The Hysterical Style and the Credit Glut

Victor Davis Hanson over at NRO’s Corner blasts the baby boomer generation

for their leadership during the current economic situation:

If anyone wished to know what the baby-boomer generation would do when, in its full maturity, it hit its first self-created, big-time recession, I think we are seeing the hysterical results. After two decades of unprecedented economic growth, rampant consumer spending, and unimaginable borrowing to satisfy our insatiable appetites, we are suddenly going into even larger debt and printing trillions of dollars in paper money to ensure that someone else after we are gone pays the debt. As if the permanent solution to a financial panic and years of spending wealth we didn’t create were a government take-over of the economy in the manner we currently witness in Spain, Italy, and Greece—or the high-tax, high-spend ethos of a bankrupt California.

The reaction to the economic panic was sort of analogous to the call to ‘charge it!’ after 9/11 (cf. Ike’s fights about the surtax to pay for Korea), or to the Iraq 2006 upsurge in violence, when suddenly our leaders declared the war lost, blamed the nebulous “they” for tricking them into voting for the war, and calling for immediate withdrawals and retreats. Ditto the Stalag-Gulag Guantanamo that, by January 19, had ruined the Constitution, shredded the Bill of Rights, and forever tarnished our reputation. Yet, on the 20th, it was suddenly complex and problematic, and required a “task force” to do a year-long inquiry into the bad and worse choices confronting us. At some point in all this serial hysteria, we are beginning to see the problem is not in the stars of the economy or of the war, but in ourselves—a weird generation that, when it finally came of age, proved to be just about what we could expect of it from what we saw in its youth.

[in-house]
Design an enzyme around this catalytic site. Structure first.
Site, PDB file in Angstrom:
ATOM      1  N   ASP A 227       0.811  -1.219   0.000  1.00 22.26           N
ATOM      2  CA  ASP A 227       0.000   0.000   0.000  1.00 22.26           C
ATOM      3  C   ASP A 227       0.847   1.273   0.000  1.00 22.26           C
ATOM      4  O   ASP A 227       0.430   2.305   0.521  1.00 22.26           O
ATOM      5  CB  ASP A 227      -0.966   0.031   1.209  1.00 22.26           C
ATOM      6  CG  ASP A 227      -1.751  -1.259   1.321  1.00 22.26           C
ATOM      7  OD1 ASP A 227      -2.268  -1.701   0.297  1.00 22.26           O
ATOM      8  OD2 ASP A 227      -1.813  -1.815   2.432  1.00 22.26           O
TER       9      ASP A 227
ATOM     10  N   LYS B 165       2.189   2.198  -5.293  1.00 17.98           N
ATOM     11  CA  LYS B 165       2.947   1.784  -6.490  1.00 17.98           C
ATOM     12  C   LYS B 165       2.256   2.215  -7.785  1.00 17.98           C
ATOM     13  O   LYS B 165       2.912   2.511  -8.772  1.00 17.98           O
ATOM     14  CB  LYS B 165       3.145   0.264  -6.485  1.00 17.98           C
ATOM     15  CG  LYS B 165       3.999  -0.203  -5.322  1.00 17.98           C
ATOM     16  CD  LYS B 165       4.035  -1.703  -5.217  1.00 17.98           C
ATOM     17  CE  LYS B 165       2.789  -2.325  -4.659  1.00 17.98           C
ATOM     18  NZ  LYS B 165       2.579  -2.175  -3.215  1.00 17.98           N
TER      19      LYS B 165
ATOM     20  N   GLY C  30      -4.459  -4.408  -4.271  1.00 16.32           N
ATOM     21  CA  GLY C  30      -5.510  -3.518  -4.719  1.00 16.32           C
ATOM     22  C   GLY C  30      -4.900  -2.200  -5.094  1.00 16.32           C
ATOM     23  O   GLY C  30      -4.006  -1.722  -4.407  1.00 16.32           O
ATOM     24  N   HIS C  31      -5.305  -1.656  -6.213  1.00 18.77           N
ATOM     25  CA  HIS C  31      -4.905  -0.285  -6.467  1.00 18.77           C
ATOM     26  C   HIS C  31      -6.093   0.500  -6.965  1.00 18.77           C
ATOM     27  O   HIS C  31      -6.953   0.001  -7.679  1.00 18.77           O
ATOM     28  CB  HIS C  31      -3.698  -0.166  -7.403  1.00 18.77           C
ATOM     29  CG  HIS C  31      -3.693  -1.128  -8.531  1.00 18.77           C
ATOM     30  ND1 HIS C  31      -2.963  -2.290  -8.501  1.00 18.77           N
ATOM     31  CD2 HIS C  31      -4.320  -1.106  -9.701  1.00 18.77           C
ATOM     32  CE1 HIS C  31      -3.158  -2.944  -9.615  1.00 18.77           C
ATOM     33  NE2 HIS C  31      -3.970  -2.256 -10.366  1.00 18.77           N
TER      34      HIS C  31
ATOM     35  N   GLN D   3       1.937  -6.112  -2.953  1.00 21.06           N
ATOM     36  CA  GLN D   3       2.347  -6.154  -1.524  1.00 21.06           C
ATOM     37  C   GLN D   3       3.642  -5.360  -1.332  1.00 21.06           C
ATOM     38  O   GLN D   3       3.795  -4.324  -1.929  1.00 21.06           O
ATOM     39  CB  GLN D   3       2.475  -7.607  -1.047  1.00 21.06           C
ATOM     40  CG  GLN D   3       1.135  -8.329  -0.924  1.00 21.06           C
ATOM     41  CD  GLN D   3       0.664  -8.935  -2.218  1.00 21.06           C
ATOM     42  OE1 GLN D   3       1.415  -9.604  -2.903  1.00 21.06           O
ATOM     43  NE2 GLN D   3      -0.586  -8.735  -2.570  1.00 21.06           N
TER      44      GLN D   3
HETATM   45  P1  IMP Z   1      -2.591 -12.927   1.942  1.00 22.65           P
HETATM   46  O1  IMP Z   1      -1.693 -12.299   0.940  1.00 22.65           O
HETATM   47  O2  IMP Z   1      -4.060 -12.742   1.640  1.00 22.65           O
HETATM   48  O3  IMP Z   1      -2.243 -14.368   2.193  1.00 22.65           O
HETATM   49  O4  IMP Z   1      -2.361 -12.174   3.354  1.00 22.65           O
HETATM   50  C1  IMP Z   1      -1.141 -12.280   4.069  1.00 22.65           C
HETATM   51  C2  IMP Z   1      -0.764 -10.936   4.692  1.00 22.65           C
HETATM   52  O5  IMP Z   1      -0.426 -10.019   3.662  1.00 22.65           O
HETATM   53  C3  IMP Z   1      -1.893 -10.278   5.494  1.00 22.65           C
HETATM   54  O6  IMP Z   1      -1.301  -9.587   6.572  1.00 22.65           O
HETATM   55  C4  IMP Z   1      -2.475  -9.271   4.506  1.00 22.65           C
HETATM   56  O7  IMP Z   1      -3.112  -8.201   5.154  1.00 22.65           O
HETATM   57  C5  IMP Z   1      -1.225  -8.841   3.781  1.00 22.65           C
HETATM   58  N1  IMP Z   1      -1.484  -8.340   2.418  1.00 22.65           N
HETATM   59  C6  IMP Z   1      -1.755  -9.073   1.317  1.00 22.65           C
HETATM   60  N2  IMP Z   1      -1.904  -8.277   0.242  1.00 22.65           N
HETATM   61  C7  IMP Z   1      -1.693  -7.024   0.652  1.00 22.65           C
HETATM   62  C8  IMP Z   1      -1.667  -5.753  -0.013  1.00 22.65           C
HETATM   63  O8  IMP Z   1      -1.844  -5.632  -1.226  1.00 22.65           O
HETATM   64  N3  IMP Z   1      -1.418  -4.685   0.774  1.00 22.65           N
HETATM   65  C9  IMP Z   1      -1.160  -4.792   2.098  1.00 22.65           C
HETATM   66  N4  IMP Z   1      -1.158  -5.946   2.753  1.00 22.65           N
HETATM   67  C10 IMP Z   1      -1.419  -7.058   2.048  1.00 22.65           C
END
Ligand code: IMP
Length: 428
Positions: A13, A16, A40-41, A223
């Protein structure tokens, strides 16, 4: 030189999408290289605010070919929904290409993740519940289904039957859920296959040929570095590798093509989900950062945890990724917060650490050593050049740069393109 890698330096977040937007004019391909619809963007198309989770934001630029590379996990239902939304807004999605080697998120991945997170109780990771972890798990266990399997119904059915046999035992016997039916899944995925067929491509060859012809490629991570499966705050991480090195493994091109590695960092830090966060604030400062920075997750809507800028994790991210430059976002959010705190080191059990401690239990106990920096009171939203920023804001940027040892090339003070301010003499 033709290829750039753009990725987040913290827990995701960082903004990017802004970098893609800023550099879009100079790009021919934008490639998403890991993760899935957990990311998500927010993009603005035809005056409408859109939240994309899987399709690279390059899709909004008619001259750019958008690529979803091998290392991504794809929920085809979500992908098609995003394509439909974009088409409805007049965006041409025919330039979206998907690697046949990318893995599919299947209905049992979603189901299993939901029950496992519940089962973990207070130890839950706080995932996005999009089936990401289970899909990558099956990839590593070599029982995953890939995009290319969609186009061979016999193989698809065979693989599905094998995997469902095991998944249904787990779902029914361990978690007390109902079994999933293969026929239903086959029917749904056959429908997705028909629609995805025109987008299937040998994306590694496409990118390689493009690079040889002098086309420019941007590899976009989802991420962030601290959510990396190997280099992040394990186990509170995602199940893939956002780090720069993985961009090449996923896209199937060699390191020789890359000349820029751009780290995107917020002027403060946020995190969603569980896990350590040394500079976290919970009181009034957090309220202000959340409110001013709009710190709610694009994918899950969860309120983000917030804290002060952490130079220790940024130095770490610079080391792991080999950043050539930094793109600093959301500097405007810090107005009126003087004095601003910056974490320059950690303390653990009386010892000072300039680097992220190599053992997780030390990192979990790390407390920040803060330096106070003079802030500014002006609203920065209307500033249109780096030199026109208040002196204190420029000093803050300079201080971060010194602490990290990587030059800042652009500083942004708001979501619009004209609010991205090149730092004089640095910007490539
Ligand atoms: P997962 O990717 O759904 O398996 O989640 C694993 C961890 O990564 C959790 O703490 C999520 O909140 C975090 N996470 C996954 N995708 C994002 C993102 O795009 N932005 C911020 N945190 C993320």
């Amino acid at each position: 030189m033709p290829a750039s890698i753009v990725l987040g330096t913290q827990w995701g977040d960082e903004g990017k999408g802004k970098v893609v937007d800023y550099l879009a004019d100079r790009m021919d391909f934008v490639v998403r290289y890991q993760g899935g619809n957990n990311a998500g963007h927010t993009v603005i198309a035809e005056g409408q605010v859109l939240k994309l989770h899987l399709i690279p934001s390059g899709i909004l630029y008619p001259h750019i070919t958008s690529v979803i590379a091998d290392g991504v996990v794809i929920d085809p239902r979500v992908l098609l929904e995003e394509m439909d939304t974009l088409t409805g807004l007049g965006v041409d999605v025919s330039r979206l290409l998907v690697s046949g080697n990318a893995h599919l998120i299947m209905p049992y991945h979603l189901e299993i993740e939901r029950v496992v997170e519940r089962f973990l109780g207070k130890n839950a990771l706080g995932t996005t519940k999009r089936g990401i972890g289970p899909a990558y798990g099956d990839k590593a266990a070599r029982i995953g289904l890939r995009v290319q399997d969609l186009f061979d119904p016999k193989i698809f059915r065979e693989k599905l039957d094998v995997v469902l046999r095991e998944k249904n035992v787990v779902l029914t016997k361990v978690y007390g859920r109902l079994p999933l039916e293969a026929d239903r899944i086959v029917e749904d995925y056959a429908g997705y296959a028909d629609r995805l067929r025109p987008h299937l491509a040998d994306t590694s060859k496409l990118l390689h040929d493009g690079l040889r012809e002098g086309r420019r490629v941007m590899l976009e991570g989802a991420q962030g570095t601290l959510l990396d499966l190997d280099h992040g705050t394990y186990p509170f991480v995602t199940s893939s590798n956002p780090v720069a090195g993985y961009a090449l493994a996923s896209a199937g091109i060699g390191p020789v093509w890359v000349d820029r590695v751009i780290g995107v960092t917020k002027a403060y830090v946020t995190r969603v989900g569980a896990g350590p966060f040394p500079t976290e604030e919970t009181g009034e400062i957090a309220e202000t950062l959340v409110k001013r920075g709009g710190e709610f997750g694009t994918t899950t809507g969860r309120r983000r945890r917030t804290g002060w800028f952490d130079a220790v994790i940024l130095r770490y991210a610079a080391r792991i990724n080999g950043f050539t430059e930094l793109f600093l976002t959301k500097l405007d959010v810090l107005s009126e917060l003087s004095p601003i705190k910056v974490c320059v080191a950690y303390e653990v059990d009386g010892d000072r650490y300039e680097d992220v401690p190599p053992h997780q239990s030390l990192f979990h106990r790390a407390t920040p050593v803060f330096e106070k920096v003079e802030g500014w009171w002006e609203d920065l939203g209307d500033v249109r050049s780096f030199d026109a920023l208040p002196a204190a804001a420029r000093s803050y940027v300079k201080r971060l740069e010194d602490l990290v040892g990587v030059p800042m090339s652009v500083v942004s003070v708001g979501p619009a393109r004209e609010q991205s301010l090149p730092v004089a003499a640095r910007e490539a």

poor-tax-obamaOne could go on for hours about the rather frightening combination of a Baby Boomer leadership obsessed with material wealth combined with a chattering (Twittering?) class of the opportunistic and entitlement-oriented Gen Y/Millenial generation.  The wallets of Generation Xers (born from ’64 thru ’74) and the elite Gen XY/MTV Generation (born from ’75 to ’82) sincerely tremble at their approach.

In the end, these are genuinely problems on the micro- level.  The question how the United States will answer some of the long-term financial problems presented in today’s financial crisis — and more acutely, America’s standing in the 21st century — will revolve around which generational inheritance offers the answers.

The UK Economist gives a rather interesting insight into the deeper causes of the current crisis .  Ironically, many of the reason start not with the Baby Boomer’s appetite for consumption, but with the currency reserves of developing nations:

The authors found that a measure of financial depth—the ratio of broad money to GDP—helped to explain the size of reserves. In a more recent study they found that countries with insufficient reserves to insure their financial systems suffered bigger currency crashes during last year’s turmoil. The currencies of countries with full war chests did not depreciate; some rose. If economies draw the lesson that their reserves were not big enough, global imbalances will be even harder to tackle.